Bangkok-based blockchain finance startup Lightnet and its Co-Founder and Chairman, Chatchaval Jiaravanon, the 57-year-old owner of Fortune magazine and a member of the billionaire family that is in control of one of Thailand’s largest conglomerates, is planning on expanding its Southeast Asian remittance platform with a series of fintech acquisitions, according to a new report from the Bangkok Post.
Specifically, the company, which has been built on the Stellar blockchain, is initially aiming for underbanked migrant workers throughout the region, where the remittance market is estimated to be worth roughly $150 billion.
Jiaravanon that he wants Lightnet to be processing $50 billion dollars in transactions annually within three years.
“We launched #Lightnet to offer low-cost and instantaneous financial inclusivity and mobility to the four billion lives across Asia Pacific — all powered by #Stellar‘s fast, scalable, and sustainable #blockchain technology,”https://t.co/MF8jDbhK0G@JedMcCaleb Is an adviser 😉
— Stellar Network News (SNN) (@Stellar_News_) January 10, 2020
The most efficient way to accomplish this, according to Jiaravanon, is to make acquisitions, a strategy that he described as “the quickest way for growth in a fast-changing environment.”
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Citing Jiaravanon, the Post said that Lightnet–which announced the completion of a US$31.2 million Series A funding round last week– might raise “fresh capital to pour into purchases.”
The Post predicts that Chatchaval and Lightnet are up for some steep competition from both blockchain industry startups and some of Asia’s largest technological and financial establishments.
But the company and its co-founder plan to act quickly–Chatchaval said he plans to open offices in Singapore, Hong Kong, and China in addition to the company’s established offices in Thailand and Vietnam. Chatchaval also plans to double Lightnet’s staff to 120 people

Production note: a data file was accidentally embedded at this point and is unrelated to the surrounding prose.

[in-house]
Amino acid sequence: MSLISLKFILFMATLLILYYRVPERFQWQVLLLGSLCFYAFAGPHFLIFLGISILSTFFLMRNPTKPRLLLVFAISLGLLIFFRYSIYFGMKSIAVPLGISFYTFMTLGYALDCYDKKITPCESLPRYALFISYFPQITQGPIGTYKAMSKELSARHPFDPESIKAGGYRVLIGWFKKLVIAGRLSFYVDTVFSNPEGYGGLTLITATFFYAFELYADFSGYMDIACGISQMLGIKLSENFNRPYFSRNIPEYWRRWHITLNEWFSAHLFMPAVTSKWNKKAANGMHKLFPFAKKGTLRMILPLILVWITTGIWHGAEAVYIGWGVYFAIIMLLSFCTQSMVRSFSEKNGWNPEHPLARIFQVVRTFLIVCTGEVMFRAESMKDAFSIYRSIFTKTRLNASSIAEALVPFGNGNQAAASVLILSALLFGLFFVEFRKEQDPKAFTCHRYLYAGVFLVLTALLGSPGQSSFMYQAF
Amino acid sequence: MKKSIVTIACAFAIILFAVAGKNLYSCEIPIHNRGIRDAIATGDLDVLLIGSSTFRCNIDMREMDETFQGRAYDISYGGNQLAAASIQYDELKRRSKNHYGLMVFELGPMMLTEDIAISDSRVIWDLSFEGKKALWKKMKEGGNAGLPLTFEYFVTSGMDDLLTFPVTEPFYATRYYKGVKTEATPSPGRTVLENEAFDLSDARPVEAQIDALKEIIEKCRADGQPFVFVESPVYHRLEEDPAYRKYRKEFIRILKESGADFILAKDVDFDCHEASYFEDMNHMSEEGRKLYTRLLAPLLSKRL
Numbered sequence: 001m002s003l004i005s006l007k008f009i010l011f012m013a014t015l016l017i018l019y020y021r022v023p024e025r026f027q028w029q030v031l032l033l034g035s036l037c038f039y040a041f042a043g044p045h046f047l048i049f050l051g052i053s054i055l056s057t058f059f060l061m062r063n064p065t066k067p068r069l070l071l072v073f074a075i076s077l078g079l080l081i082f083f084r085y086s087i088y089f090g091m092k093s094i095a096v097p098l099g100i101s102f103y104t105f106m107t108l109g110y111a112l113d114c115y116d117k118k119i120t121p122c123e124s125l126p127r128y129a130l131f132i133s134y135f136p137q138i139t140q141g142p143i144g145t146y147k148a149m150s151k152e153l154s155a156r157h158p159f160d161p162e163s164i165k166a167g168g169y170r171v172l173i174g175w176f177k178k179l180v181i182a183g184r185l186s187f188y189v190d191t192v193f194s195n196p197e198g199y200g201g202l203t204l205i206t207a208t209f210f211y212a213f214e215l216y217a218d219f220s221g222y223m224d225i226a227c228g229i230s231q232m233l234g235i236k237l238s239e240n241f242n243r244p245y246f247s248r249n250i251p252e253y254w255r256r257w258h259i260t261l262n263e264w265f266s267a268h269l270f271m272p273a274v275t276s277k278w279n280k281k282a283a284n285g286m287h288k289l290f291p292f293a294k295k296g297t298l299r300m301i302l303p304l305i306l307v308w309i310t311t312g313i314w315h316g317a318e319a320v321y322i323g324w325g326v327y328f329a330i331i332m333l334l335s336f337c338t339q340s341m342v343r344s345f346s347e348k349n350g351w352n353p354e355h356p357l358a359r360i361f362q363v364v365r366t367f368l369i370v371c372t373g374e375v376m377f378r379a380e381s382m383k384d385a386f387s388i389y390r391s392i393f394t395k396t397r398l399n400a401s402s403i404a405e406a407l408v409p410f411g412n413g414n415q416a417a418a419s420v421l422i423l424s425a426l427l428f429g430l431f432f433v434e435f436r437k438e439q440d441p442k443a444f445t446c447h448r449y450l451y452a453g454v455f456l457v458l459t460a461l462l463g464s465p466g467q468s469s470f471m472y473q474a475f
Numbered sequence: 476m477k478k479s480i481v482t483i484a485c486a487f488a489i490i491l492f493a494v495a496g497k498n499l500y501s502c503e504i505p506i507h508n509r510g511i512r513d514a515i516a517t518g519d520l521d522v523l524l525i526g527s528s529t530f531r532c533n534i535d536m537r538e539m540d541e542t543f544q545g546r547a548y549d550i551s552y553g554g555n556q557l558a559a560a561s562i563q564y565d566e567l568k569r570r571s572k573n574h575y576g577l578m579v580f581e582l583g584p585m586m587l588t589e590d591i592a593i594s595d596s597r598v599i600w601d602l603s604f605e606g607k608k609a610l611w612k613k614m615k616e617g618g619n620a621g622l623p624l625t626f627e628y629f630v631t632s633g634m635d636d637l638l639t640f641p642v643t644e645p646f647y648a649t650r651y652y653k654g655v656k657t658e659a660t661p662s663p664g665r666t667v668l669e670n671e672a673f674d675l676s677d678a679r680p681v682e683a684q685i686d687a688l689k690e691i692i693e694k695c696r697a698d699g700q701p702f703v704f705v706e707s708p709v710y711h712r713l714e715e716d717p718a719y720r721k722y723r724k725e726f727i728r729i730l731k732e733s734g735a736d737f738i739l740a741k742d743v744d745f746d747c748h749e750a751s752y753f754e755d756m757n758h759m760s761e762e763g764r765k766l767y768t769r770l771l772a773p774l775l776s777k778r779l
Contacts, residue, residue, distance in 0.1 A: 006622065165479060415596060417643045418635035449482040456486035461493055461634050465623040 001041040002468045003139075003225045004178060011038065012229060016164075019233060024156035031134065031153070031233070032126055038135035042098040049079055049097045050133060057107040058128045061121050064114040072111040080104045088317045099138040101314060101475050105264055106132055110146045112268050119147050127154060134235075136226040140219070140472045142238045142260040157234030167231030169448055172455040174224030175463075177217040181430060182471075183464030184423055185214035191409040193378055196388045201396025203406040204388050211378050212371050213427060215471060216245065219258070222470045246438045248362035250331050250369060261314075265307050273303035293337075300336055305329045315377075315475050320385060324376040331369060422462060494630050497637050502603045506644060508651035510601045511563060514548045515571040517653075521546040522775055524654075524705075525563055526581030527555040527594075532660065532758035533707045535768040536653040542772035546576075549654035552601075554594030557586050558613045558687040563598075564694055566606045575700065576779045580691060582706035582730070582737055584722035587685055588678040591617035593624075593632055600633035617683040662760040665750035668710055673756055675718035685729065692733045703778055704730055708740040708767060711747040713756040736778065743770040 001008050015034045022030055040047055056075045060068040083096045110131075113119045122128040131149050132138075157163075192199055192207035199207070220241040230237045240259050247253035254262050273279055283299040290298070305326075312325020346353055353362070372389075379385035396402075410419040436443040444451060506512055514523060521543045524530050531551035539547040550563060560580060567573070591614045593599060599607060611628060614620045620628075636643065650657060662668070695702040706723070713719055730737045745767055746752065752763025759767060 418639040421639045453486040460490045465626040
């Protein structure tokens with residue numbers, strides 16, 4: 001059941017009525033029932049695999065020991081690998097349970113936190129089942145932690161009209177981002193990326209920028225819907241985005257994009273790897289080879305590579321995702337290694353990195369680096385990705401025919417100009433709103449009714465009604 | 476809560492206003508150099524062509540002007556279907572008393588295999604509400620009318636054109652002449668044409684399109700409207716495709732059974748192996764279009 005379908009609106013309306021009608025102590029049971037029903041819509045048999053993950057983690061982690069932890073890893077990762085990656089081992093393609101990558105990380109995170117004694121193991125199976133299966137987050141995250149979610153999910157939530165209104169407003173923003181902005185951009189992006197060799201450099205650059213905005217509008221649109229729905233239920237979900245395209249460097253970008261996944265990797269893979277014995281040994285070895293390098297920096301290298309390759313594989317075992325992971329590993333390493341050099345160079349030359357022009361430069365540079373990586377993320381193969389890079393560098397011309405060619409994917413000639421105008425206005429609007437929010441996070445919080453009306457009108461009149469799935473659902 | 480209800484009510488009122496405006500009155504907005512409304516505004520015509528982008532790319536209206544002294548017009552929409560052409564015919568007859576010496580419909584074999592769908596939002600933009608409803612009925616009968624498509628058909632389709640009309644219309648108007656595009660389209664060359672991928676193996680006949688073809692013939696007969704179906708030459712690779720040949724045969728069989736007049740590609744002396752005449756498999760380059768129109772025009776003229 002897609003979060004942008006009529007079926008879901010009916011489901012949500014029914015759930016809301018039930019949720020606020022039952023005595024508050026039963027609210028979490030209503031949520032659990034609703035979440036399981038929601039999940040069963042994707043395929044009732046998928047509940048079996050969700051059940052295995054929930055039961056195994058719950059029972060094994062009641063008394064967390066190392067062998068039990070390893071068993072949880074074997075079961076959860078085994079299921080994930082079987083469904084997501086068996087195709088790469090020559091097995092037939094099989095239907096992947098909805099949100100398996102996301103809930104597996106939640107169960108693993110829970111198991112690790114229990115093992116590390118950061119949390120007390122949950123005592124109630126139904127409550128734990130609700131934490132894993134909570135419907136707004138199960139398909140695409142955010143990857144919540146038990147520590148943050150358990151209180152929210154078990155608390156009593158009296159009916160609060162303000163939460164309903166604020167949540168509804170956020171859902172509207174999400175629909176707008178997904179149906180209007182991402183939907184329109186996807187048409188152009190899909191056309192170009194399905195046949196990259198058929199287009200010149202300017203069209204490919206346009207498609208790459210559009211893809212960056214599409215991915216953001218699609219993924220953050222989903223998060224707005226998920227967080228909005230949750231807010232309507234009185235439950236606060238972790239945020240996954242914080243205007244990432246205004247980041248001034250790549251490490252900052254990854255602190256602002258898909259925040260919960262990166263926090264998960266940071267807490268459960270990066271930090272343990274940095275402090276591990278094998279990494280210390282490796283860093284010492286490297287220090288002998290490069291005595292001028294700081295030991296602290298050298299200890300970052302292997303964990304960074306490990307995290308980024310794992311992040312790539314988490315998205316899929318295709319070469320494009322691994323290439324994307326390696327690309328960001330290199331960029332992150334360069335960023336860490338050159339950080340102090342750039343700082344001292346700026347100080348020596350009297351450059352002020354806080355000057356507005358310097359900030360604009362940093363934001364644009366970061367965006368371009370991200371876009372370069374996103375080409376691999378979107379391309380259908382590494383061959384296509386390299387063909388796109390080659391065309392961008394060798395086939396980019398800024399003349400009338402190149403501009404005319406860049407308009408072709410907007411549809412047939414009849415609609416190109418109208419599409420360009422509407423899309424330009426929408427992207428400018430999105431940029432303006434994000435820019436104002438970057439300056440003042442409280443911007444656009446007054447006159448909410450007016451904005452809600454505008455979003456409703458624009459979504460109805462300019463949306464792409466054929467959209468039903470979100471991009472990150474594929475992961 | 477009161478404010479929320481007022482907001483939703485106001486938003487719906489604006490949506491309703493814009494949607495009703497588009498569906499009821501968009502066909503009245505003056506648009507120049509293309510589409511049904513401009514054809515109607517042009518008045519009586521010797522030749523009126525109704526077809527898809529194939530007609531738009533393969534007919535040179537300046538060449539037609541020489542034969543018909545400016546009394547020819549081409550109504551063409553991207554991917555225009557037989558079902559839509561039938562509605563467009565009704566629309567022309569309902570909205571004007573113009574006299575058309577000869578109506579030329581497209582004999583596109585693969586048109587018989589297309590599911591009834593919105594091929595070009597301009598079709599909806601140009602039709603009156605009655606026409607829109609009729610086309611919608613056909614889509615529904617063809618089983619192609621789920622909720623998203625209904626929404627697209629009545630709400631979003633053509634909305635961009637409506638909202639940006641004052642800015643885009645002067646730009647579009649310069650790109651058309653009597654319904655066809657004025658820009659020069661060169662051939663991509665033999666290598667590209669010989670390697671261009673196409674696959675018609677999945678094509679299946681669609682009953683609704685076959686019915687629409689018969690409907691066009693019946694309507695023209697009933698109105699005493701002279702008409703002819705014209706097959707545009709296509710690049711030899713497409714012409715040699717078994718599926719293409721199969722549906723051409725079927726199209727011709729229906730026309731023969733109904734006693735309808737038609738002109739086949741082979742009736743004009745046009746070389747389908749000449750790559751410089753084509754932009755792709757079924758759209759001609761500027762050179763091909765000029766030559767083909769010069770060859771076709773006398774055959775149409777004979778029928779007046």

Recently completed fundraising round included a number of financial establishments and conglomerates
The $31.2 million Series A round that Lightnet completed last week was led by several established financial conglomerates, including Singapore’s United Overseas Bank (UOB) and the South Korean Hanwha Investment & Securities.
Other backers allegedly include a number of financial and blockchain industry firms, such as Japan’s Seven Bank, Hong Kong-headquartered HashKey Capital, Singapore-based Signum Capital, and Hong Kong’s Uni-President Asset Holdings.
In its coverage of the fundraising round, Business Insider Malaysia said that Southeast Asia’s remittance market is “ripe for the advent of Lightnet’s smart contracts and distributed ledgers, now well-positioned to replace the decades-old, inefficient SWIFT system and unreliable underground banking.”
Following the completion of the round, Lightnet chief executive officer Suvicha Sudchai said that Lightnet’s first transaction would take place sometime during the first quarter of this year.